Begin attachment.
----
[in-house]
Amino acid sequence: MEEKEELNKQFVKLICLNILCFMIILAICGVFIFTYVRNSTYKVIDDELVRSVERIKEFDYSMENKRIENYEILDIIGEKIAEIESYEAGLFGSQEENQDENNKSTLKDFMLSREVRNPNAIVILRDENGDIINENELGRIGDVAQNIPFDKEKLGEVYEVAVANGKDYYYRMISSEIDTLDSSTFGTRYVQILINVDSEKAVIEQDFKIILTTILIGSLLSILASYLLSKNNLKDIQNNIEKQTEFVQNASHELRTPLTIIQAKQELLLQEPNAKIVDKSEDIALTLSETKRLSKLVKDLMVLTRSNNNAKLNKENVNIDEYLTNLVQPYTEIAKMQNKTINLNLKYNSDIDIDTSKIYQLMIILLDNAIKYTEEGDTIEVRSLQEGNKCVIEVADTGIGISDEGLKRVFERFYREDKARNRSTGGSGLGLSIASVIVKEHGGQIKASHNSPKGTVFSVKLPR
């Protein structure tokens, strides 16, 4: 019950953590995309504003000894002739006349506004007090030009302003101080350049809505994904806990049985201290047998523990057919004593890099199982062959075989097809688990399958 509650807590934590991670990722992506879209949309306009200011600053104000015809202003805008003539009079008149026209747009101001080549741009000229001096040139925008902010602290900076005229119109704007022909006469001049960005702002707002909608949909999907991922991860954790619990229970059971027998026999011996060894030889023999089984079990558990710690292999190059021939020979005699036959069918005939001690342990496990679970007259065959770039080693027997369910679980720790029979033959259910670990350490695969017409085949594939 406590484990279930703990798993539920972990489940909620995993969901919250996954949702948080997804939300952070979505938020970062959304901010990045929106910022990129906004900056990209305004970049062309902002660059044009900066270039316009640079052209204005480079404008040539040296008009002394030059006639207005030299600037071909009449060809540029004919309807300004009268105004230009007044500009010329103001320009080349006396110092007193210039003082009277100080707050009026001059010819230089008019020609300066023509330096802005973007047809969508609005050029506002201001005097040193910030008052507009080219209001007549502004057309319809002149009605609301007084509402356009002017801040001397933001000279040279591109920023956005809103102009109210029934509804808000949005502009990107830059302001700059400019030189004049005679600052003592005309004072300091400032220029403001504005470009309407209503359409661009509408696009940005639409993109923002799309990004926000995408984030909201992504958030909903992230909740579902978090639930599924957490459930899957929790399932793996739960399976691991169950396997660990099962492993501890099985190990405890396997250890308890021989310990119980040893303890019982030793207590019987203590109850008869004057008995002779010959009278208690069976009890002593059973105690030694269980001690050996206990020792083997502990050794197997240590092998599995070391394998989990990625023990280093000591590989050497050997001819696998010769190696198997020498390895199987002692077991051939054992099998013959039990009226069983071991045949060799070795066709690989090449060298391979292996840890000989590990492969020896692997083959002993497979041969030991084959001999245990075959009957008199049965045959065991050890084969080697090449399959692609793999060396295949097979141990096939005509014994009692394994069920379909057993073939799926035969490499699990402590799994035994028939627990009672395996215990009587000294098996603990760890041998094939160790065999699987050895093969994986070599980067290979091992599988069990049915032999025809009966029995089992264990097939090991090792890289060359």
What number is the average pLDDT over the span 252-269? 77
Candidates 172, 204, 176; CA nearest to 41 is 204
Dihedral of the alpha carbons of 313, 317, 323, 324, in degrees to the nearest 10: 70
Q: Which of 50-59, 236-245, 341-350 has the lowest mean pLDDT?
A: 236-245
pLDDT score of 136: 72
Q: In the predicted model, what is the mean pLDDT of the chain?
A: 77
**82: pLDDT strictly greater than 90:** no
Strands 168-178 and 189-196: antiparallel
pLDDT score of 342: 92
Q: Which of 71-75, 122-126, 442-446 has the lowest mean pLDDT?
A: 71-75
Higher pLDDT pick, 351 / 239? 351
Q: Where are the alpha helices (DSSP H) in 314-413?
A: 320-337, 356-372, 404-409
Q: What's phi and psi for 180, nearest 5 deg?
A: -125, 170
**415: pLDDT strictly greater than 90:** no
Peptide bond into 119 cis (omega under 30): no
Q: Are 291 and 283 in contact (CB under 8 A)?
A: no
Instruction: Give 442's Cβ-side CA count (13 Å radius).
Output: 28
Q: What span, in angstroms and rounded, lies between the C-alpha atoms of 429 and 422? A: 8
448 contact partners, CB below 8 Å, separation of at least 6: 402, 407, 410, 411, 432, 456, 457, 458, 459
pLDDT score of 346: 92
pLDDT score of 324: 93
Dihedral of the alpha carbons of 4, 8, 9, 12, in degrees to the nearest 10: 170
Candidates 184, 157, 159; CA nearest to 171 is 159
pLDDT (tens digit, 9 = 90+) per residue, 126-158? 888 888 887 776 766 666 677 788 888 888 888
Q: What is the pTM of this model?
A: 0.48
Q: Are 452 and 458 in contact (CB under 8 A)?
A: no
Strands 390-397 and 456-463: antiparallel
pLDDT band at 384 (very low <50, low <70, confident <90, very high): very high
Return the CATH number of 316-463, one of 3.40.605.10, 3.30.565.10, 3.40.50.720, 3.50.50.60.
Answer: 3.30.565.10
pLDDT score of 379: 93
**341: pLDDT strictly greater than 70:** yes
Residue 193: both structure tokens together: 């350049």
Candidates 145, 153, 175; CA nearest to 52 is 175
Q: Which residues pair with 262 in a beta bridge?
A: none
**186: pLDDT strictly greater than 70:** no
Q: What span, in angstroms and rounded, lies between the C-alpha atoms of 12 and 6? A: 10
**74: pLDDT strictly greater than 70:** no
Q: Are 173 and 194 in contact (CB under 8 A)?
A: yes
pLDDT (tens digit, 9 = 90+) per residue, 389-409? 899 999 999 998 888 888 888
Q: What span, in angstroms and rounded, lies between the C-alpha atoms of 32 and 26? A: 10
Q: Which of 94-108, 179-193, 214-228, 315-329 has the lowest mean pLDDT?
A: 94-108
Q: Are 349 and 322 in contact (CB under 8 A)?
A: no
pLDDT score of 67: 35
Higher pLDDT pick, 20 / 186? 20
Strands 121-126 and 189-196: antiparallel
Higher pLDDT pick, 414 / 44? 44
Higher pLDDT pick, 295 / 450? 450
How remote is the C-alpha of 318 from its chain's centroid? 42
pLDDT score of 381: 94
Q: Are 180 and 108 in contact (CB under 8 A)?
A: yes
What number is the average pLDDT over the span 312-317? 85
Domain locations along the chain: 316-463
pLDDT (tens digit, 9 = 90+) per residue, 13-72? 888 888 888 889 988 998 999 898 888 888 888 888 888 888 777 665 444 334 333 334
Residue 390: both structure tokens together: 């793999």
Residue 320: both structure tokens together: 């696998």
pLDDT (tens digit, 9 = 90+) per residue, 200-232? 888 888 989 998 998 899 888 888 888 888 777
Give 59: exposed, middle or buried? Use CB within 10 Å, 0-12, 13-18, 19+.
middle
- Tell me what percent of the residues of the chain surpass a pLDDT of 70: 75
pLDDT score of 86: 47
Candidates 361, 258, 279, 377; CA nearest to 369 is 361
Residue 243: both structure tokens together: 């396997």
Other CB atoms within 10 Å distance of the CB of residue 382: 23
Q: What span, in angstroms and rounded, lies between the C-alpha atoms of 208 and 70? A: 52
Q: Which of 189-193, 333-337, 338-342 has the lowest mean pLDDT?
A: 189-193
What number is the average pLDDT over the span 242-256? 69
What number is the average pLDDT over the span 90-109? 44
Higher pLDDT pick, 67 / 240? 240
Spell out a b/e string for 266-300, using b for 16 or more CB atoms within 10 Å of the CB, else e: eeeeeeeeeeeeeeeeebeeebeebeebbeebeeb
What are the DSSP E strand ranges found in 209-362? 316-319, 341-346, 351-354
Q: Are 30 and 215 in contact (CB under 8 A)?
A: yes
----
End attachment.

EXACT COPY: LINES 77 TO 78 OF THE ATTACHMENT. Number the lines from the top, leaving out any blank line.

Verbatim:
- Tell me what percent of the residues of the chain surpass a pLDDT of 70: 75
pLDDT score of 86: 47